The World Says No to War! Rome 2 million people; London, Madrid, Barcelona over a million each; Berlin and New York City half a million; Melbourne, Sydney and France hundreds of thousands; and hundreds of other protests around the world; Listen to the voice of the people, for many times the voice of the people is the voice of God! South African Archbishop Desmond Tutu entreats George Bush before hundreds of thousands in New York City; We stand here because our right to dissent and our right to be participant in a true democracy has been hijacked by an administration of liars and murderers, who curse us because we stand in the way of their tyranny, who curse us because we stand in the way of their unholy and brutal agenda, an administration whose villainy and greed is insatiable. We stand at this threshold of history, and say to them, not in our names, not in our names!; Actor Danny Glover; Harry Belafonte and Angela Davis also addressed the crowd; UN breaks into unprecedented applause for French Foreign Minister s anti-war address: We hear Dominique de Villepin and chief UN weapons inspector Hans Blix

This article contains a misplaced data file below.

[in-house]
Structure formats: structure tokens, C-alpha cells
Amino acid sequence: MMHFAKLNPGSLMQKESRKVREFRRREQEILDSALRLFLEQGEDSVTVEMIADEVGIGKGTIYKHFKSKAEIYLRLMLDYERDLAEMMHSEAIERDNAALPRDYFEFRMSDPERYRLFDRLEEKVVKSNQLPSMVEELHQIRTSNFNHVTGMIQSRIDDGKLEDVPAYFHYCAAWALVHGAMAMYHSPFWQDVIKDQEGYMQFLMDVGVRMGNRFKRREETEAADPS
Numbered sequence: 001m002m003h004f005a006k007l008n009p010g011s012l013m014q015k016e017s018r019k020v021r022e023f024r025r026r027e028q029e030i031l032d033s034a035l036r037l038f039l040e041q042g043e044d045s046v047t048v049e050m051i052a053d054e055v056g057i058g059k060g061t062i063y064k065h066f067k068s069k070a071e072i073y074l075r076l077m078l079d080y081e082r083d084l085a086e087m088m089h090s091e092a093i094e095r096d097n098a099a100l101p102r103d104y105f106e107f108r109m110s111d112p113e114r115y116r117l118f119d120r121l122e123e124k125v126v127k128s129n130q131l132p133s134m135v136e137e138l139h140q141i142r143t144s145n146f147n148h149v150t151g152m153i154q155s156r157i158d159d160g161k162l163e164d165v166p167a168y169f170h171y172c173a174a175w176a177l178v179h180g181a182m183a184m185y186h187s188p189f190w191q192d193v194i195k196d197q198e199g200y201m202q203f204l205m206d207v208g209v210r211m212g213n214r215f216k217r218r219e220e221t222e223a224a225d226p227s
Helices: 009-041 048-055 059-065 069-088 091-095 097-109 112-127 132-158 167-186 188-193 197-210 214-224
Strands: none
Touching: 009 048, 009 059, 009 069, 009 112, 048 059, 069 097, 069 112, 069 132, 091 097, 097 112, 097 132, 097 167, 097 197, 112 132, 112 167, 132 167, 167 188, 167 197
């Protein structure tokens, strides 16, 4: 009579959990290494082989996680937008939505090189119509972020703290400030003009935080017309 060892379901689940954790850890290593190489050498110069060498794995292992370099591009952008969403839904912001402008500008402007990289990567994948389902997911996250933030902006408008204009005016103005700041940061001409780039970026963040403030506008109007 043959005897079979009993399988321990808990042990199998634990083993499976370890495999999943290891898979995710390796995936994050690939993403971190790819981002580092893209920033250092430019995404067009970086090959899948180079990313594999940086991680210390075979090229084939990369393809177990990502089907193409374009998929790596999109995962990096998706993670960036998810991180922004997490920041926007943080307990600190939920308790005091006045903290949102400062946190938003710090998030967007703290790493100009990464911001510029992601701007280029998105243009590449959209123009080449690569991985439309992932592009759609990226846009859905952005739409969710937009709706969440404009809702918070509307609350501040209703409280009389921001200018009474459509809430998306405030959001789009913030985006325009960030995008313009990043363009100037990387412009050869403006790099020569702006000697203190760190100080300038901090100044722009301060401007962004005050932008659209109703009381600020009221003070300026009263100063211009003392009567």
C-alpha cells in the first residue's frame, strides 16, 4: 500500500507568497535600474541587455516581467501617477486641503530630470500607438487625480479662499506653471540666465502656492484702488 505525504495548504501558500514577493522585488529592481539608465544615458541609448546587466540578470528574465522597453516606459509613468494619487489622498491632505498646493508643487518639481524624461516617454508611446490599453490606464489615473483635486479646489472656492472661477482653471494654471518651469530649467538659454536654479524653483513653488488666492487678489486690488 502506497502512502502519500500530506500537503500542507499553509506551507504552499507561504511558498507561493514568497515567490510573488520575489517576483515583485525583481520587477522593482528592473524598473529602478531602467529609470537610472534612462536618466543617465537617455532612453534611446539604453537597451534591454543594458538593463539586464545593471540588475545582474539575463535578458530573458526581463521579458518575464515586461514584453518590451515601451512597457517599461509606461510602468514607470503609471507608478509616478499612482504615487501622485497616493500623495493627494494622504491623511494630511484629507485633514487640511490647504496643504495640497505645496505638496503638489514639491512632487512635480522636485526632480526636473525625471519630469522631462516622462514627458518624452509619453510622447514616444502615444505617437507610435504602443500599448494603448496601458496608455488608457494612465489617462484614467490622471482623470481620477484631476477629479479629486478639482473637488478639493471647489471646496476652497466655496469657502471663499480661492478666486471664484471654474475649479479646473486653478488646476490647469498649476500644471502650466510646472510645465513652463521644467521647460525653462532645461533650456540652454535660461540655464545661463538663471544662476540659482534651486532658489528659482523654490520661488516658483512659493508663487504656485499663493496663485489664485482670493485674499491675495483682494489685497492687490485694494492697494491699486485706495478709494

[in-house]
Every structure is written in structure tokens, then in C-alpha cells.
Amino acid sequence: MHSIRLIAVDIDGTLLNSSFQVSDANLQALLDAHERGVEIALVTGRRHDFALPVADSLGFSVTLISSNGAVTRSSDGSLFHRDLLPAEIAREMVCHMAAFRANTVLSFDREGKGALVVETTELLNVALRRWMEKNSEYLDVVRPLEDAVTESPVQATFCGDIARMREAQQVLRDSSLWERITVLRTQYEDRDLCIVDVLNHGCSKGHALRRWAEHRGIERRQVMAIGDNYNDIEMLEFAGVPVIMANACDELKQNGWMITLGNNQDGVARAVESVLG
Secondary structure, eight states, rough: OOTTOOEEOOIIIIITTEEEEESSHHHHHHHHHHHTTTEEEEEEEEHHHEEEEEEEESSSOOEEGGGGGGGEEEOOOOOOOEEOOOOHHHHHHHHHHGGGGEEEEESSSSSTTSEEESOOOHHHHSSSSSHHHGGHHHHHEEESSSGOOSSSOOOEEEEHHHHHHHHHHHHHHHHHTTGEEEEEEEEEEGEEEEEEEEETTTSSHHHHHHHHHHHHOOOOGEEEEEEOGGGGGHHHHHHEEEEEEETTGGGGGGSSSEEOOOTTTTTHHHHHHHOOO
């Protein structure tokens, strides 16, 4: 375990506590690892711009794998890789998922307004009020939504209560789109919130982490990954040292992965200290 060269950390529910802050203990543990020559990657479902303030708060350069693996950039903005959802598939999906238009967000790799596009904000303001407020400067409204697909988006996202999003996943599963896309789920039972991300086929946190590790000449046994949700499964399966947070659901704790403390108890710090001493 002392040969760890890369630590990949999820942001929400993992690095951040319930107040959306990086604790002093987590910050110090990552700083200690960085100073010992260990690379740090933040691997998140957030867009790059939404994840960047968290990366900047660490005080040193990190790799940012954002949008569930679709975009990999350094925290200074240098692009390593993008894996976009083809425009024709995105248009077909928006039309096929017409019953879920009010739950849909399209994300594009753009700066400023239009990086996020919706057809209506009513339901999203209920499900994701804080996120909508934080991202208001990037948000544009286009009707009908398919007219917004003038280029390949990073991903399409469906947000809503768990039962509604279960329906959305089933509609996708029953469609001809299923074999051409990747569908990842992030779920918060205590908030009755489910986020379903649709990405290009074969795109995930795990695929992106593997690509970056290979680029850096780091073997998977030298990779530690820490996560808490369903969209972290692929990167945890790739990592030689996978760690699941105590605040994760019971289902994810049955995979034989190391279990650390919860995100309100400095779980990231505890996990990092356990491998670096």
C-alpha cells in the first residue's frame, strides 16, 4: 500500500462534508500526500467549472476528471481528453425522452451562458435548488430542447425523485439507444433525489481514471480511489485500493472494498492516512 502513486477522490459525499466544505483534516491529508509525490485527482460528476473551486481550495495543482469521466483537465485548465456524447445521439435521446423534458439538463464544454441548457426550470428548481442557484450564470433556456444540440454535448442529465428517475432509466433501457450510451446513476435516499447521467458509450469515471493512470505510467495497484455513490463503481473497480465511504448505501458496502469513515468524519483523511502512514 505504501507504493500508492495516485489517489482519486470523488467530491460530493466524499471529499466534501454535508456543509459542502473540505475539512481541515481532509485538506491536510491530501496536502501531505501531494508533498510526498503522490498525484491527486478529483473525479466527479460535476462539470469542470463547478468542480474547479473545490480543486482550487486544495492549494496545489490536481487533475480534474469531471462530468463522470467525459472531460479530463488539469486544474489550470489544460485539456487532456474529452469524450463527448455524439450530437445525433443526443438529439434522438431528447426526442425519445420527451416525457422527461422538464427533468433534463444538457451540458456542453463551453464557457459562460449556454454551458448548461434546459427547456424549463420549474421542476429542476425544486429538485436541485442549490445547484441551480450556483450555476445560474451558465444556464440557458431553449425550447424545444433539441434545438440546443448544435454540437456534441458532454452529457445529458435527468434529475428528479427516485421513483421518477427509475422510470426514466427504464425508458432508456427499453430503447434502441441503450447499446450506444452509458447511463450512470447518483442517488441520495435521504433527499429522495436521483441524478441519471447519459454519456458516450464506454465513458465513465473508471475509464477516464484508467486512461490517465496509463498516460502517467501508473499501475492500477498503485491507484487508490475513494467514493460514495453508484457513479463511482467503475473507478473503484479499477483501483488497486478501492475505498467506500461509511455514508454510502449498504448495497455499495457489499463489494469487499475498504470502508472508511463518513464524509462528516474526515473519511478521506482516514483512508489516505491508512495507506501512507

9:00-9:03 Billboard 9:03-9:08: Tens of millions of people took to the streets over the weekend in some 600 cities around the world. They marched and rallied and demonstrated to protest the Bush Administration s plans to attack on Iraq. In New York City, organizers say half a million rallied. In San Francisco, a quarter of a million marched. London, Madrid, and Barcelona each saw over a million people march; organizers say over three million marched in Rome. The London Guardian is reporting Italian state television did not broadcast the protest live because it would put "undue pressure on politicians." Hundreds of other protests were held spread across every continent in the world. Sites included Australia, Johannesburg, Tel Aviv, Syria, Tokyo, Bangladesh, South Korea, Hong Kong, Thailand, Puerto Rico, Brazil, East Timor, India, and even the South Pole. We recorded these live reports from around the world: Tape: The World Says No To War! reports from around the globe, Feb. 15-16, 2003: London, Melbourne, Rome, Berlin, Paris, Madrid, and Arundhati Roy in India 9:08-9:09 One-Minute Music Break: Richie Havens singing Freedom. Havens opened the massive anti-war rally in New York City on Feb. 15, 2003 with this song. 9:09-9:20: Hundreds of thousands of people protested here in New York City on Saturday. It is impossible to know the exact number. The city denied organizers a permit to march all together, and police pinned demonstrators along side streets, preventing them from coming together at the stationary rally site near the United Nations. So unknown hundreds of thousands stretched north from the stage along First Avenue, and hundreds of thousands more were forced to march along Second and Third Avenues. New York Newsday columnist Jimmy Breslin writes: Looking down Third Avenue and Second Avenue, as the crowds came up to try to get to the rear of the great crowd on First Avenue, and then peering as far down First Avenue as you could see, the size of throngs caused you to tell yourself, "maybe a million. Whatever it was, out on the street it felt like a million, and it was glorious. A news photographer I know came along. "I've been everyplace. I have to say a million. Because of the Police Department's reprehensible pens, the crowd was separated so that there was not one clear picture of an enormous group that would cause politicians here to faint. (The Police Department is currently estimating only a hundred thousand turned out. But protest organizers say the police told them throughout the rally that the numbers were at least half a million. Organizers say there were between half a million and a million people there.) Throughout the day, people broke through the barricades and took over the streets. Police arrested at least 250. We ll now go to the voices from Saturday s protest. We begin with Archbishop Desmond Tutu. Archbishop Desmond Tutu is internationally renowned for his non-violent campaign against the apartheid government of South Africa. The son of a schoolteacher and a domestic worker, Tutu became the first black General Secretary of the South African Council of Churches in 1978. In the 1980s, he was one of the leading spokesmen for non-violent resistance to apartheid. Archbishop Tutu led a campaign for an international boycott on South African goods, and was awarded the Nobel Peace Prize for the divestment campaign in 1984. Tutu was elected Bishop of Johannesburg in 1985 and the Archbishop of Cape Town a year later. He retired from that office in 1996, but was immediately named Archbishop Emeritus. In 1995, then-President Nelson Mandela appointed Tutu to chair South Africa's Truth and Reconciliation Commission. Archbishop Tutu is the author of Crying in the Wilderness and The Rainbow People of God: The Making of a Peaceful Revolution Tape: Archbishop Desmond Tutu, former archbishop of Cape Town, speaking in New York City on February 15, 2003. 9:20-9:21 One Minute Music Break: Holly Near sings to the crowd in NYC 9:21-9:40: Singer Harry Belafonte and actor Danny Glover also addressed the crowd, as well as activist Angela Davis. Tape: Harry Belafonte, singer, speaking in New York City on February 15, 2003. Tape: Harry Belafonte, singer, talking about Secretary of State General Colin Powell, in an interview with Amy Goodman and Pacifica Radio s Verna Avery Brown Tape: Angela Davis, speaking in New York City on February 15, 2003. Tape: Danny Glover, actor and activist, speaking in New York City on February 15, 2003 9:40-9:41 One Minute Music Break: the group Betty sings to the crowd in NYC 9:41-9:58: On the day before the worldwide protests, chief UN weapons inspectors Hans Blix and Mohamed ElBaradei went before the United Nations Security Council to announce no weapons of mass destruction had been found in Iraq. Blix cast doubt on evidence provided to the UN by Secretary of State Colin Powell. And ElBaradei called for increased inspections. Their report was followed by an impassioned anti-war address by French Foreign Minister Dominique de Villepin. When Villepin finished his remarks before the Security Council, the gallery burst into spontaneous applause, an unprecedented event at the UN. Tape: Hans Blix, chief UN inspector for biological and chemical weapons, recorded at the United Nations on Feb. 14, 2003 Tape: Dominique de Villepin, French Foreign Minister, recorded at the United Nations on Feb. 14, 2003 Tape: Phyllis Bennis, senior analyst at the Institute for Policy Studies, recorded at the New York anti-war rally on Feb. 15, 2003 9:58-9:59 Outro and Credits Democracy Now! is produced by Kris Abrams, Mike Burke, Angie Karran, Ana Nogiera and Alex Wolfe. Mike Di Filippo is our music maestro and engineer.